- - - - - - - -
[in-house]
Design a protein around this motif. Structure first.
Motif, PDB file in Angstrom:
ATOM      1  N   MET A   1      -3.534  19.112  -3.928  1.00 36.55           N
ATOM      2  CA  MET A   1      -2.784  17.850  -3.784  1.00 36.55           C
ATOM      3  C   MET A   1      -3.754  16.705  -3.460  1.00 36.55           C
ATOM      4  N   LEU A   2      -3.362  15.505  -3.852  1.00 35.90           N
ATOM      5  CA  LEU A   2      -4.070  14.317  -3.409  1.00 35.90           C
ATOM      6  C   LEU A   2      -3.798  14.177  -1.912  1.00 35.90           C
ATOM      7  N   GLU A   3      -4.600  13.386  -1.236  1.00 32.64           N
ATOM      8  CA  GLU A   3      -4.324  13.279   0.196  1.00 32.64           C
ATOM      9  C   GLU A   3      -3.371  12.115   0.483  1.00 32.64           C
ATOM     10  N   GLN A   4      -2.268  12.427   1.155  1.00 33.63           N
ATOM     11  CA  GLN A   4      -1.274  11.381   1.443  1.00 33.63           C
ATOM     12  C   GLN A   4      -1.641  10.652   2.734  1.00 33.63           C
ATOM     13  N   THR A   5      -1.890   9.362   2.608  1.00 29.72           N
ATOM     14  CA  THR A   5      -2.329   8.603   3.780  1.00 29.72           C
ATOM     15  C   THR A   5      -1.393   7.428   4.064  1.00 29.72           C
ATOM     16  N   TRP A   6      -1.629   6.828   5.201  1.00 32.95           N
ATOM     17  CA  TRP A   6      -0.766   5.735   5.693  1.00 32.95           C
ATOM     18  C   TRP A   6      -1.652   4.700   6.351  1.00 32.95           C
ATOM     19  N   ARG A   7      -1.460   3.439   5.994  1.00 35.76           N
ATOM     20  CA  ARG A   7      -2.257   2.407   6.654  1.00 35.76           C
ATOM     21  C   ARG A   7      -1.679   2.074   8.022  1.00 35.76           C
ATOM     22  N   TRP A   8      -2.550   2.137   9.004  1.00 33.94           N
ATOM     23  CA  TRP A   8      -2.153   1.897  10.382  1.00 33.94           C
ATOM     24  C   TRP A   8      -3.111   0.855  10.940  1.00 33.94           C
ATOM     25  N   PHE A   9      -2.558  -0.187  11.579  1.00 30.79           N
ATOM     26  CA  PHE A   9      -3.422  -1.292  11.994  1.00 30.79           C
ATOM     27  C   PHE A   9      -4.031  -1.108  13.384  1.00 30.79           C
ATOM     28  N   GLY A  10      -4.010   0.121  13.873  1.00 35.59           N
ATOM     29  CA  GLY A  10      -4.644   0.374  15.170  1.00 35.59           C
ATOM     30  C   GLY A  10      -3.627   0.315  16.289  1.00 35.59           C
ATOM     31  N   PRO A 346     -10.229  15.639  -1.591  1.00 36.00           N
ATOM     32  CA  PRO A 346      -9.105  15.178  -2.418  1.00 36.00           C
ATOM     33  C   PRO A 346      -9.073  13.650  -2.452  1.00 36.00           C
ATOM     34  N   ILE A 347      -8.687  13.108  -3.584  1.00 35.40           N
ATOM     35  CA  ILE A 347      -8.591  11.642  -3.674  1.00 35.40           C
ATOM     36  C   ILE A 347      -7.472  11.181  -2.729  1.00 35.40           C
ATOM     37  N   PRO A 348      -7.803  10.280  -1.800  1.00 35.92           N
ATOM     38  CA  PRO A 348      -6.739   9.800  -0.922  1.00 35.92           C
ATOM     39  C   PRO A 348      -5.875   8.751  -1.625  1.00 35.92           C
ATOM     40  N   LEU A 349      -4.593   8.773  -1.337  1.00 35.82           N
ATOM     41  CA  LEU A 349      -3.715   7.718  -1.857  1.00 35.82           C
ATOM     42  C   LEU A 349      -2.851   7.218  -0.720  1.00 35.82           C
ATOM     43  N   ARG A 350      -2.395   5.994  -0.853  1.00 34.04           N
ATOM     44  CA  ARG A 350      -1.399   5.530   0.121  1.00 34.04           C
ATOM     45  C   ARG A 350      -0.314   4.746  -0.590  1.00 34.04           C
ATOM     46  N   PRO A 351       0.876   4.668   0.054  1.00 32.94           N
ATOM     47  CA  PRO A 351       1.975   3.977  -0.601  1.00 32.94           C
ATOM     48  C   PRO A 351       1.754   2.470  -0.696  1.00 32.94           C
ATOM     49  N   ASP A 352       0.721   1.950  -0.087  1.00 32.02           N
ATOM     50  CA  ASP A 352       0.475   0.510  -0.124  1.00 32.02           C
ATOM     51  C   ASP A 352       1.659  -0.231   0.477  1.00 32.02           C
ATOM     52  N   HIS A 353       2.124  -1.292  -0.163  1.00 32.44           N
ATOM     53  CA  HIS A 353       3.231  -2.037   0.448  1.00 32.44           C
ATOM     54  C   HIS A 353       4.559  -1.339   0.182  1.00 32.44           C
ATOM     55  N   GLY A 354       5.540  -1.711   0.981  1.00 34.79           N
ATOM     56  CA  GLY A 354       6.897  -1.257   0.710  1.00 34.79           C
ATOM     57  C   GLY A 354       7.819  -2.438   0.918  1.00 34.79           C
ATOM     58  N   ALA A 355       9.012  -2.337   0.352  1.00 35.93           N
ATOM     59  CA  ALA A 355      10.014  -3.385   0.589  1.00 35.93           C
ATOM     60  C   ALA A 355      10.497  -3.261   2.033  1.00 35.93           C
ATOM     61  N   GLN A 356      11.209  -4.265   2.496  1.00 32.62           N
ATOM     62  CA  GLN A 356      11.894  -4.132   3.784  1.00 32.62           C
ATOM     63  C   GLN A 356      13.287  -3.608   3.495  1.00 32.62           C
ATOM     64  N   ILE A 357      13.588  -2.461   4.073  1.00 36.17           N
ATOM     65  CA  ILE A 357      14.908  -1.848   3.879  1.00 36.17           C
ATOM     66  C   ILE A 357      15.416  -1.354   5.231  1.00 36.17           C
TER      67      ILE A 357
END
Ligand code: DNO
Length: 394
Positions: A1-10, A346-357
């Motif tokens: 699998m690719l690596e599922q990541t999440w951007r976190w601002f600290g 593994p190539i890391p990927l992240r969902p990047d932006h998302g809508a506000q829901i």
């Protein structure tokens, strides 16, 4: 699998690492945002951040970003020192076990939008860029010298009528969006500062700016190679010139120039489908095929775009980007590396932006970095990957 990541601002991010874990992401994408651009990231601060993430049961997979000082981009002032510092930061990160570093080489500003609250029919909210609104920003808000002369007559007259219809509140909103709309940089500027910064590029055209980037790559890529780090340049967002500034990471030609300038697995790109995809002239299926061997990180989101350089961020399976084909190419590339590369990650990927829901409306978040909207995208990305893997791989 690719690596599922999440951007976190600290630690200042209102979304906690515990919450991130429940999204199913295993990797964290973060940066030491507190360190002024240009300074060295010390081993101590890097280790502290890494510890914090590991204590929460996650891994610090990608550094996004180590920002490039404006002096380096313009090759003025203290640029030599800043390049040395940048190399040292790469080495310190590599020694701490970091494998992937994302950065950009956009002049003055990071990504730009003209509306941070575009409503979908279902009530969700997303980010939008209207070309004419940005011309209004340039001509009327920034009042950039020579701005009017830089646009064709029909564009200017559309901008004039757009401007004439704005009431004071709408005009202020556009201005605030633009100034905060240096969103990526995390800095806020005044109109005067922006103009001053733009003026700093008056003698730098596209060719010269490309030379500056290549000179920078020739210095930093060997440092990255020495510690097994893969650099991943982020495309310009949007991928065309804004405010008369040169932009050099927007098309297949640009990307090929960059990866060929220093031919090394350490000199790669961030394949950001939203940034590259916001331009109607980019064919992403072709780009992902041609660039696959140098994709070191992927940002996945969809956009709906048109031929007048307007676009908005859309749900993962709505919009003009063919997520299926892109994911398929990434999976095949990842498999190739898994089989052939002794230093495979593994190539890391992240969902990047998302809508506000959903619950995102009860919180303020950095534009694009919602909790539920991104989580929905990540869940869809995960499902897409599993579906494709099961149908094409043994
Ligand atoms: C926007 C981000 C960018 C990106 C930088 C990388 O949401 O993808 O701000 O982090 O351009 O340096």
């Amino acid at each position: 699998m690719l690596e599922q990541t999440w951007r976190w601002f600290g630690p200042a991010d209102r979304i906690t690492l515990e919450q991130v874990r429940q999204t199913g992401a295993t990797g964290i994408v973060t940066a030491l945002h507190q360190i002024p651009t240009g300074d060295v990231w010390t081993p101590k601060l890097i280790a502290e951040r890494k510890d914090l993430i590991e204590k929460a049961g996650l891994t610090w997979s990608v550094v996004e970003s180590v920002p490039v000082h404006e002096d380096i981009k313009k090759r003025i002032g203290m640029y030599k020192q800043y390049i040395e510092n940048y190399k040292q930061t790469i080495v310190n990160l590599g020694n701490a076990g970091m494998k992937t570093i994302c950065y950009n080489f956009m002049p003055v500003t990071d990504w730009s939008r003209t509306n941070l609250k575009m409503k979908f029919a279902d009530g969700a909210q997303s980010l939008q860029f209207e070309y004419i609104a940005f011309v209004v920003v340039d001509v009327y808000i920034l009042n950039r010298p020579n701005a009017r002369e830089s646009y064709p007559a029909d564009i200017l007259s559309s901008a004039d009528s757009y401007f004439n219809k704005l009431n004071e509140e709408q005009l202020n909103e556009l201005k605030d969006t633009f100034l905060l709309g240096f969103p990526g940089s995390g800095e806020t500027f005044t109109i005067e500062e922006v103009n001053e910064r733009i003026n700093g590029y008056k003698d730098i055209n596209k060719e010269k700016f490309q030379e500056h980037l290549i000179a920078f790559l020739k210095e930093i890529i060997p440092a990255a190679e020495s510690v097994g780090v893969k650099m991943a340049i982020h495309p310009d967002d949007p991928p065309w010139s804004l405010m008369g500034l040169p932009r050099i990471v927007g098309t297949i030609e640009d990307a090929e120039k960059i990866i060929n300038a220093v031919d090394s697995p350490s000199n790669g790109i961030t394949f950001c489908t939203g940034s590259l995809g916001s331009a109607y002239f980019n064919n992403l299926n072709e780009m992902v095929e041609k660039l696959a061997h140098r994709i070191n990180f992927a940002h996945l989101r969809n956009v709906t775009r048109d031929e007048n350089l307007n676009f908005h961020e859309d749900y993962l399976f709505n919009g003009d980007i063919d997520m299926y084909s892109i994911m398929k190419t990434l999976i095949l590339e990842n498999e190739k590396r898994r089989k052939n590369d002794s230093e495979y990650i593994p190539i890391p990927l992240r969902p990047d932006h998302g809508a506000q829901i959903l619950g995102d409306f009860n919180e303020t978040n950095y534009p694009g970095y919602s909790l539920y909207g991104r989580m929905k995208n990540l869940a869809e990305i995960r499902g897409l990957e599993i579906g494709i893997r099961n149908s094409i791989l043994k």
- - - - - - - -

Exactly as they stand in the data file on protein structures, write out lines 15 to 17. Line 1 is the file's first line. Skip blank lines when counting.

ATOM     12  C   GLN A   4      -1.641  10.652   2.734  1.00 33.63           C
ATOM     13  N   THR A   5      -1.890   9.362   2.608  1.00 29.72           N
ATOM     14  CA  THR A   5      -2.329   8.603   3.780  1.00 29.72           C